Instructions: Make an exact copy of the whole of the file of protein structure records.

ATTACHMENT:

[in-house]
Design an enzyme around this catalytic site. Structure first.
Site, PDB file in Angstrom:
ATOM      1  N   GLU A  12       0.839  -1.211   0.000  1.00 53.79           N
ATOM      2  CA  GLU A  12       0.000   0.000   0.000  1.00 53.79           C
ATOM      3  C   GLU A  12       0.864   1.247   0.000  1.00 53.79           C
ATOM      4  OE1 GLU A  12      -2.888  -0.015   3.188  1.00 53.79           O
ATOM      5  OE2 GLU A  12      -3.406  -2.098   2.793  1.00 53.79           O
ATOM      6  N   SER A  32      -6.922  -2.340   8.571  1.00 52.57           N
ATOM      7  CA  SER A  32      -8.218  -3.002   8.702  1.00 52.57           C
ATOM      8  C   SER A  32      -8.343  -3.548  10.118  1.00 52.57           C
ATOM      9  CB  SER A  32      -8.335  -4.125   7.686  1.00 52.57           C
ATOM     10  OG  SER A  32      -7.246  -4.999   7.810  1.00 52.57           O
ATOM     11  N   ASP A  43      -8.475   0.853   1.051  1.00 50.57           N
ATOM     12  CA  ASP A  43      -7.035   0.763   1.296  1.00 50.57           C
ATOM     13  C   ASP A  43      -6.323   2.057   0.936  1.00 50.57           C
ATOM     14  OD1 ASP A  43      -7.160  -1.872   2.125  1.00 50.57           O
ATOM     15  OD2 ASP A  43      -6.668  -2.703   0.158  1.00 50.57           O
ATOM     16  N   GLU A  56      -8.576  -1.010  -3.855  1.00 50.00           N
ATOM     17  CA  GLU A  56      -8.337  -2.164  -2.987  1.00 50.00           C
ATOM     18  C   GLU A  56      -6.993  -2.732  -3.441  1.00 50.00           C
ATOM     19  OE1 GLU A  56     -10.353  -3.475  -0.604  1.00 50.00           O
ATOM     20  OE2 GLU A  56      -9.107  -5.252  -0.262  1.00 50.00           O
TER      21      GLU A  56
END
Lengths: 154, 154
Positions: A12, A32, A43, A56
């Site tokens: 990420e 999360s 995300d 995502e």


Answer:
[in-house]
Design an enzyme around this catalytic site. Structure first.
Site, PDB file in Angstrom:
ATOM      1  N   GLU A  12       0.839  -1.211   0.000  1.00 53.79           N
ATOM      2  CA  GLU A  12       0.000   0.000   0.000  1.00 53.79           C
ATOM      3  C   GLU A  12       0.864   1.247   0.000  1.00 53.79           C
ATOM      4  OE1 GLU A  12      -2.888  -0.015   3.188  1.00 53.79           O
ATOM      5  OE2 GLU A  12      -3.406  -2.098   2.793  1.00 53.79           O
ATOM      6  N   SER A  32      -6.922  -2.340   8.571  1.00 52.57           N
ATOM      7  CA  SER A  32      -8.218  -3.002   8.702  1.00 52.57           C
ATOM      8  C   SER A  32      -8.343  -3.548  10.118  1.00 52.57           C
ATOM      9  CB  SER A  32      -8.335  -4.125   7.686  1.00 52.57           C
ATOM     10  OG  SER A  32      -7.246  -4.999   7.810  1.00 52.57           O
ATOM     11  N   ASP A  43      -8.475   0.853   1.051  1.00 50.57           N
ATOM     12  CA  ASP A  43      -7.035   0.763   1.296  1.00 50.57           C
ATOM     13  C   ASP A  43      -6.323   2.057   0.936  1.00 50.57           C
ATOM     14  OD1 ASP A  43      -7.160  -1.872   2.125  1.00 50.57           O
ATOM     15  OD2 ASP A  43      -6.668  -2.703   0.158  1.00 50.57           O
ATOM     16  N   GLU A  56      -8.576  -1.010  -3.855  1.00 50.00           N
ATOM     17  CA  GLU A  56      -8.337  -2.164  -2.987  1.00 50.00           C
ATOM     18  C   GLU A  56      -6.993  -2.732  -3.441  1.00 50.00           C
ATOM     19  OE1 GLU A  56     -10.353  -3.475  -0.604  1.00 50.00           O
ATOM     20  OE2 GLU A  56      -9.107  -5.252  -0.262  1.00 50.00           O
TER      21      GLU A  56
END
Lengths: 154, 154
Positions: A12, A32, A43, A56
């Site tokens: 990420e 999360s 995300d 995502e």